When it comes to the metals and minerals underpinning the green energy transition, and specifically the EV battery revolution, much of the spotlight has fallen on lithium — and for good reason, as we will discuss in a forthcoming post. However, as ARPN’s latest review of the “battery criticals” against the backdrop of the just-released latest iteration of the USGS Mineral Commodity Summaries (see our posts on graphite, manganese and cobalt) shows, they are equally “critical” in their own ways. The same holds true for the next battery critical in our lineup – Nickel.
While Nickel’s biggest traditional application is in alloying, particularly in the production of stainless and heat-resisting steels, it is its ability to achieve good storage capacity and higher energy density in batteries at an affordable cost that has sent the material’s star soaring in recent years. It has also sent demand projections soaring, as nickel’s role in the EV revolution takes center stage.
At the end of 2021, nickel was only one of two new metals (the bulk of the expansion of the list from 35 to 50 minerals and metals was owed to the fact that the Rare Earths and Platinum Group Metals were now listed individually) to be added to the revised U.S. Government List of Critical Minerals. As Reuters’s Andy Home wrote at the time, while a “relatively benign supply profile kept nickel off” in the past, there are two reasons for including it on the updated list:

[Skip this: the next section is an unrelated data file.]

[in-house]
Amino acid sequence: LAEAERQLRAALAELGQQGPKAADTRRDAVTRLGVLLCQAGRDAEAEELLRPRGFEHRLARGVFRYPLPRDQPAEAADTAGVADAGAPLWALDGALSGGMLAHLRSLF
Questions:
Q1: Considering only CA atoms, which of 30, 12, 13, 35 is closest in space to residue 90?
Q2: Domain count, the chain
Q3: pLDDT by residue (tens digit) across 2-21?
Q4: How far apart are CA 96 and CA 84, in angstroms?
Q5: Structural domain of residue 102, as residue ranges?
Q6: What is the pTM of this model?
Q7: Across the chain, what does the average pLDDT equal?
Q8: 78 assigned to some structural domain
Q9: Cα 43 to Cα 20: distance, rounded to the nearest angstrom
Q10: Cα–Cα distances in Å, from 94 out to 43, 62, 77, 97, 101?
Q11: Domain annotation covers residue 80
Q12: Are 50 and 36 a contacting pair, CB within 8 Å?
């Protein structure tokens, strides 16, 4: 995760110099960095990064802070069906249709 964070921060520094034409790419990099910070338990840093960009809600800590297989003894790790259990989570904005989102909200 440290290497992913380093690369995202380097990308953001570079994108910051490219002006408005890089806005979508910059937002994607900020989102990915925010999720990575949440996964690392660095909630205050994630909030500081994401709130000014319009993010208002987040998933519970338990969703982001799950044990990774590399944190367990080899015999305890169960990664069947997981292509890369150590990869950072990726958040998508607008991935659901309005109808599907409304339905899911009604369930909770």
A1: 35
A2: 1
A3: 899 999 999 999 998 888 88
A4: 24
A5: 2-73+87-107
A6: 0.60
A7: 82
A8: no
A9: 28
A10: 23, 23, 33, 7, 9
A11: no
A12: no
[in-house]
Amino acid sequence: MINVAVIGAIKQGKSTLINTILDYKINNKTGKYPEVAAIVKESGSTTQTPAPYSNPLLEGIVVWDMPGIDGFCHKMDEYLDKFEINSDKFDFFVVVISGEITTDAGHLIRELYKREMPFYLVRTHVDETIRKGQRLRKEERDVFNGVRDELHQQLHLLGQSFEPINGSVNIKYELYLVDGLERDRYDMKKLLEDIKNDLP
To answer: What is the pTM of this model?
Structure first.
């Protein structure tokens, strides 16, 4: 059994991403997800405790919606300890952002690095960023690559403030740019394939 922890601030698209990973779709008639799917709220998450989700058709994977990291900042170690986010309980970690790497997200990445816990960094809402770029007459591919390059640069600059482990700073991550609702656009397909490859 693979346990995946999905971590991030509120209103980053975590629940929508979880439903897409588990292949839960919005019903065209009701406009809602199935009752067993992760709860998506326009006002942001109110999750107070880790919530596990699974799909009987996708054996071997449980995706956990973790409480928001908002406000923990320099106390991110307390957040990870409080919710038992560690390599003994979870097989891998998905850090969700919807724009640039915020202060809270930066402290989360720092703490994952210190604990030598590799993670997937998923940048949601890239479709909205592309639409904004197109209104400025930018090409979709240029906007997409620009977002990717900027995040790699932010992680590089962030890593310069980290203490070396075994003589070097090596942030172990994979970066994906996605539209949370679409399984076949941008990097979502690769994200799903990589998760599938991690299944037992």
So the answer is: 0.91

Pointing to the only domestic operating nickel mine in the U.S. and a single producer of nickel sulphate (which only produces Nickel as a co-product), Home said “the USGS has expanded its criticality criteria to look beyond trade dependency to domestic supply, particularly what it calls ‘single points of failure.’”
The second reason, according to Home, was “nickel’s changing usage profile from alloy in stainless steel production to chemical component in electric vehicle batteries.” The rapid uptake of EVs as a key to the net-zero carbon transition has propelled nickel onto the critical minerals list, and has sent carmakers like Tesla and others to embark on missions to secure their own supply chains.
This push gained new urgency with Indonesia’s investment minister hinting at the possibility of Jakarta pursuing the creation of an OPEC-like cartel for nickel (and other key battery materials) last fall. What is resource nationalism to some is supply risk to others, and that’s clearly part of the narrative around nickel.
The looming specter of battery material cartelization – first introduced earlier this year by South American Lithium producers — along with soaring demand scenarios provided fresh impetus for U.S. stakeholders to kick the buildout of domestic battery supply chains into high gear wherever possible, and efforts to this effect are currently underway.
According to USGS, in 2022, the underground Eagle Mine in Michigan – currently the only U.S. primary nickel mine in operation – “produced approximately 18,000 tons of nickel in concentrate, which was exported to smelters in Canada and overseas. Nickel in crystalline sulfate was produced as a byproduct of smelting and refining platinum-group-metal ores mined in Montana. In Missouri, a company produced nickel-copper-cobalt concentrate from historic mine tailings and was building a hydrometallurgical processing plant near the mine site.”